Every morning I start my day with two large glasses of water and two cups of black coffee. Then I pee a lot.
It’s frustrating. The urge hits hard and I need to beeline to a toilet as fast as possible. Most of the time it’s easy, but when it isn’t, it can be scary. It’s really hard to hold.
Millions of people struggle with an overactive bladder. My personal experience makes me slightly wary for the future. Because although an overactive bladder, or OAB, is common among older adults, it isn’t necessarily a “normal” sign of aging.
The association with age is largely due to the reality that OAB, the frequent and sudden urge to urinate that is difficult to control, is often a symptom of another condition.
And it’s a condition that is generally associated with age.
So, even though OAB is its own thing, it likely isn’t occurring without reason. Something else is likely causing bladder muscles to contract involuntarily even when there is only a small amount of urine present.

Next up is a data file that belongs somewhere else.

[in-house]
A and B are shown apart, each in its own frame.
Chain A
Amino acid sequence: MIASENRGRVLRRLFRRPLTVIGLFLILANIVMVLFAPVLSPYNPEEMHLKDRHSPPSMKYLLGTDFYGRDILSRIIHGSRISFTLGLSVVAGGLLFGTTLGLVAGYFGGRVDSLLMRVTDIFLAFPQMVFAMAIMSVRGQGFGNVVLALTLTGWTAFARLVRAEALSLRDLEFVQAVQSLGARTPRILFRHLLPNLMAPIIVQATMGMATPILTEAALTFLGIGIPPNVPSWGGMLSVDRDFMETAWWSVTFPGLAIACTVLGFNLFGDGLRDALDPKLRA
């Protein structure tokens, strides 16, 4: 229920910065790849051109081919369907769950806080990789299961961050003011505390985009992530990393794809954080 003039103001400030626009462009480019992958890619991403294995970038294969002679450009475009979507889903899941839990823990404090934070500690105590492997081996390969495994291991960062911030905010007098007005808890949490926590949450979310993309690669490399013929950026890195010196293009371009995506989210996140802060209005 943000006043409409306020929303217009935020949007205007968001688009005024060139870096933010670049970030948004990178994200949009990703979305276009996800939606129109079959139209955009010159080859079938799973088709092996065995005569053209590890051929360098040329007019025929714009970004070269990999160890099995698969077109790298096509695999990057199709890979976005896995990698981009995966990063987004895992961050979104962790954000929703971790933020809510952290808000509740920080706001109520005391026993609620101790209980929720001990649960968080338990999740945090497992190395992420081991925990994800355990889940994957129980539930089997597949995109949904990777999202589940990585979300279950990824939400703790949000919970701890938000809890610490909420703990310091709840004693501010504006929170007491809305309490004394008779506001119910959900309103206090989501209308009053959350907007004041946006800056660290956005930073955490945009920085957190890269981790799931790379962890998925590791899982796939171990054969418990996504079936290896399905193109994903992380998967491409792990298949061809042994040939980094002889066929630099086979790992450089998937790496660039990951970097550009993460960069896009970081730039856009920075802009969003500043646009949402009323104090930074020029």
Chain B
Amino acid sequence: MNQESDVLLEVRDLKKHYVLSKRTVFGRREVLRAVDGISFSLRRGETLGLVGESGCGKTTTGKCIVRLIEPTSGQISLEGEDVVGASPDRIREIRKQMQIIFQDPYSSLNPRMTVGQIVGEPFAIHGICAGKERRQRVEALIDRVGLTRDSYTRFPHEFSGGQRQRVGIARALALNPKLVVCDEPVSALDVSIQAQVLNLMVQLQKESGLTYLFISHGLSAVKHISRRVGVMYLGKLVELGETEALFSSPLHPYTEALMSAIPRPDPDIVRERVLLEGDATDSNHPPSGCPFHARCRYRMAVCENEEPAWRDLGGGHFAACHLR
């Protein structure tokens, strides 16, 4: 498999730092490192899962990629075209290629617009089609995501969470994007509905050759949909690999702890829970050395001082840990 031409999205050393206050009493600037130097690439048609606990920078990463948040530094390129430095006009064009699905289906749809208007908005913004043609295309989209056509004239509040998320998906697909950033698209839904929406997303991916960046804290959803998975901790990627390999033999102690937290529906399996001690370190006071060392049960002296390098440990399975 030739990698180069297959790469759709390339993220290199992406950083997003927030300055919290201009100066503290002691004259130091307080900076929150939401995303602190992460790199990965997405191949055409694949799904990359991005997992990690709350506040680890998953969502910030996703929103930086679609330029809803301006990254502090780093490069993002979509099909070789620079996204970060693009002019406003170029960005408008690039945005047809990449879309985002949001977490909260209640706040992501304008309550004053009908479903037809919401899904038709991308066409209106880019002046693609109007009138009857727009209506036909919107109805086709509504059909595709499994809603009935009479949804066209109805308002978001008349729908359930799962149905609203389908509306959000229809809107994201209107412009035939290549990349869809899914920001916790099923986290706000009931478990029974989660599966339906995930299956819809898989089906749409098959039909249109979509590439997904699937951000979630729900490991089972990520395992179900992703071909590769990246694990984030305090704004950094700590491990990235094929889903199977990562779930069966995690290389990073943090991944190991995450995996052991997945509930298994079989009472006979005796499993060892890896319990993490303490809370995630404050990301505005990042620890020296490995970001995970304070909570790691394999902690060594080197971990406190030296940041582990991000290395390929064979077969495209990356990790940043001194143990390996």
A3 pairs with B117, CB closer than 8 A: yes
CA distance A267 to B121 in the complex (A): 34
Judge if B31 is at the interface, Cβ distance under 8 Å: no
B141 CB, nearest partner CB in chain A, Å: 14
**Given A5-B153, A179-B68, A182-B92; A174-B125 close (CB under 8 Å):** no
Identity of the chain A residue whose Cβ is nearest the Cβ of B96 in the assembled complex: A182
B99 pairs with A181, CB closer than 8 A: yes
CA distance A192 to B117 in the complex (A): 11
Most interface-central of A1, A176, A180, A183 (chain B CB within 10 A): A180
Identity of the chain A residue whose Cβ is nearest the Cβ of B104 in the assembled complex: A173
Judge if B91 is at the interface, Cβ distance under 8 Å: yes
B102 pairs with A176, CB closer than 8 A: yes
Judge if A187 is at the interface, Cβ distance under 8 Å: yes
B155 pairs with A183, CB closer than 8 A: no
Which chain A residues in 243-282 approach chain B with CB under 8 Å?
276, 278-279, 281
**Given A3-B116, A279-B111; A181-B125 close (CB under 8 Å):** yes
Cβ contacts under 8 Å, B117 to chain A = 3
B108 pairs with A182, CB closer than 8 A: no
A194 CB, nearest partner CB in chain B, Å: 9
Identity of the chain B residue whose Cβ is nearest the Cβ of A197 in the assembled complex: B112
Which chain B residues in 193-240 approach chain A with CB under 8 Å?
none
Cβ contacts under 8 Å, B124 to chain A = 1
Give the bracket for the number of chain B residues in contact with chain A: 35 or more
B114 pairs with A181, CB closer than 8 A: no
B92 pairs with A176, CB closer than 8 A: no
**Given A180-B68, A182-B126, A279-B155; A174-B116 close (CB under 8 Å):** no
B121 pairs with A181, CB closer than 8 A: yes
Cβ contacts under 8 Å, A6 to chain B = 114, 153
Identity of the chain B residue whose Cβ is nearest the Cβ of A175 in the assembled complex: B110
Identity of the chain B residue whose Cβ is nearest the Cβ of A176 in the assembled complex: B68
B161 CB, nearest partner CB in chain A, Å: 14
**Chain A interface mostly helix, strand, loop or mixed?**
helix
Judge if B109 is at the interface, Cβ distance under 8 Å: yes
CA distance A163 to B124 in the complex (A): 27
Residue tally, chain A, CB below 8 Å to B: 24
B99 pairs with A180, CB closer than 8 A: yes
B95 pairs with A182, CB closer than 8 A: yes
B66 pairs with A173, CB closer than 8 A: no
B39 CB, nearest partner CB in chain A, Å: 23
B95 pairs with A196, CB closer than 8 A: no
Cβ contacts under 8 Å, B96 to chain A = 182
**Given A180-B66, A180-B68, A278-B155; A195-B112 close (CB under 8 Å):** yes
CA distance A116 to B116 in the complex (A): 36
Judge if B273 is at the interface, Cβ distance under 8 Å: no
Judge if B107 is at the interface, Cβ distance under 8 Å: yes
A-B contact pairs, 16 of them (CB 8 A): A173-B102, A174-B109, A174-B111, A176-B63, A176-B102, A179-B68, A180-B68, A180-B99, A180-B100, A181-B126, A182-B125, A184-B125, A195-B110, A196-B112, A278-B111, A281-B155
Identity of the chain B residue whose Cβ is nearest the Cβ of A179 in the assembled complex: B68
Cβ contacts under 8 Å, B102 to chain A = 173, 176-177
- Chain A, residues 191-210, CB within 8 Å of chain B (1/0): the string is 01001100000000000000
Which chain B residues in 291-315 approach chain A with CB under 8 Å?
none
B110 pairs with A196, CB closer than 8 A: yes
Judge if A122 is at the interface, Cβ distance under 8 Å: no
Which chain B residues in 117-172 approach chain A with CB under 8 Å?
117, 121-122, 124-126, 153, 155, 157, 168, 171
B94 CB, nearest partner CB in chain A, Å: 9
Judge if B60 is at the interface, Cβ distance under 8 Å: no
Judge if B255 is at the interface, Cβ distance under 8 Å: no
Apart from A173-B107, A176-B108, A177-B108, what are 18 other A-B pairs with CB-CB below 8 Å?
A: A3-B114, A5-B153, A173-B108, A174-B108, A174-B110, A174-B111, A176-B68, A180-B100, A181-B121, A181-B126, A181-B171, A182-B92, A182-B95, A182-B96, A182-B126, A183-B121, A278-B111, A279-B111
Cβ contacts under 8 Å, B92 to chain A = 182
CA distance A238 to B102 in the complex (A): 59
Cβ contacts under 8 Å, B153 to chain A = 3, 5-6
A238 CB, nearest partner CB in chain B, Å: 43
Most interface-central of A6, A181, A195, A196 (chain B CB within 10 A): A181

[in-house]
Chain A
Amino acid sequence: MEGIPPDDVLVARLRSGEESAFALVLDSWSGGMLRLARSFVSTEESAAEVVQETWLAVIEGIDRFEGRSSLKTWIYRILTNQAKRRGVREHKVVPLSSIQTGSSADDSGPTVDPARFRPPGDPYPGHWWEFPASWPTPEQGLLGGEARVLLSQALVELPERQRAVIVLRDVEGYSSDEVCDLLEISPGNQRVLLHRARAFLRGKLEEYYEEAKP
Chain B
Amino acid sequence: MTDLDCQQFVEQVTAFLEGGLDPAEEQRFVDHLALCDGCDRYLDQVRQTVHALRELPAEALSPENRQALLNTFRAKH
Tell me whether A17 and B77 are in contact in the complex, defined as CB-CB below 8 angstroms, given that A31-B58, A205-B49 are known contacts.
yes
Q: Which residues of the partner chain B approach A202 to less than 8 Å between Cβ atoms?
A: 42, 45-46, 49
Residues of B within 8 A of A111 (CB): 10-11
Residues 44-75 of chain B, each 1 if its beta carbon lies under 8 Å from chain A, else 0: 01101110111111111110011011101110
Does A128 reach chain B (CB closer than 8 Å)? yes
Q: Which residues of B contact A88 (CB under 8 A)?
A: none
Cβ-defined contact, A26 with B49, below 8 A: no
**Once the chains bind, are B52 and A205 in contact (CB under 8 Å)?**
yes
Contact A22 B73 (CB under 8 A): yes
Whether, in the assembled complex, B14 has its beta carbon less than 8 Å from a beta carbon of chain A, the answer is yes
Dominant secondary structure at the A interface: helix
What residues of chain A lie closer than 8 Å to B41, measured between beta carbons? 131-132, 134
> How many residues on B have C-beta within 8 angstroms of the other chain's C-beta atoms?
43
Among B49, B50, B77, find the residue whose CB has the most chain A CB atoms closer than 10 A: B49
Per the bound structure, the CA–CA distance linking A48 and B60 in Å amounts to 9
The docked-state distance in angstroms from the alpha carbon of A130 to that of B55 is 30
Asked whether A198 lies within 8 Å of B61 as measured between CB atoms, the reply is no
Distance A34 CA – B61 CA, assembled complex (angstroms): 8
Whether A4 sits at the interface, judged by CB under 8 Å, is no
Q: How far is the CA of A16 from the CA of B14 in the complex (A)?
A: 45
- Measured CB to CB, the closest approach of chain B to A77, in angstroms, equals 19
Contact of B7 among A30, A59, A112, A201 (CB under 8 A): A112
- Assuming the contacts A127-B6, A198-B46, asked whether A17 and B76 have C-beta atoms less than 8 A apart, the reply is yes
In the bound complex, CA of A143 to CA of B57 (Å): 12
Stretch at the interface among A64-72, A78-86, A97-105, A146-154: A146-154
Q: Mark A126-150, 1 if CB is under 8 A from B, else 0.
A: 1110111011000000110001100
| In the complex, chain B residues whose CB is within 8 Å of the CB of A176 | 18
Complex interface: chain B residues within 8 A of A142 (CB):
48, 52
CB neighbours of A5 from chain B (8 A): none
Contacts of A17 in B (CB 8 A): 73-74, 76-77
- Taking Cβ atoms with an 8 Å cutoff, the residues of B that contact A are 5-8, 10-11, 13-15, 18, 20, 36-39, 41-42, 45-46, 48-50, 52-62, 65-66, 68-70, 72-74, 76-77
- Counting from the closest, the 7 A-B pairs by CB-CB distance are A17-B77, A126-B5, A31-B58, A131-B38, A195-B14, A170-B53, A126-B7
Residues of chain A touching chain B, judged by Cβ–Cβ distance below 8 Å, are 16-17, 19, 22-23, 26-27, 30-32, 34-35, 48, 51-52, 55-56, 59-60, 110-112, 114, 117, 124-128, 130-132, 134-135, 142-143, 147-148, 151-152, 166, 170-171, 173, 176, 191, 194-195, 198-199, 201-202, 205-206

What might contribute to an overactive bladder? A host of conditions can lead to this frustrating condition. They include:
- Urinary tract infections (UTIs)
- Enlarged prostate
- Bladder abnormalities like kidney stones
If you’re worried about an overactive bladder, there are preventative measures you can take. Some may be as simple as having one less cup of coffee in the morning, while others are more long-term.
Maintaining a healthy weight can help reduce the risk of OAB. A healthy weight can reduce pressure on the bladder and may also significantly lower the risk for diabetes, which is also a potential cause of OAB. Adopting a healthy, fiber-rich diet is recommended.
Exercise is another potential way to prevent OAB. Exercise can help prevent diabetes and other conditions that may lead to impaired bladder control.
Quitting smoking, limiting caffeine and alcohol, and managing any existing conditions may also help. Kegel exercises to promote stronger pelvic floor muscles are also worthwhile.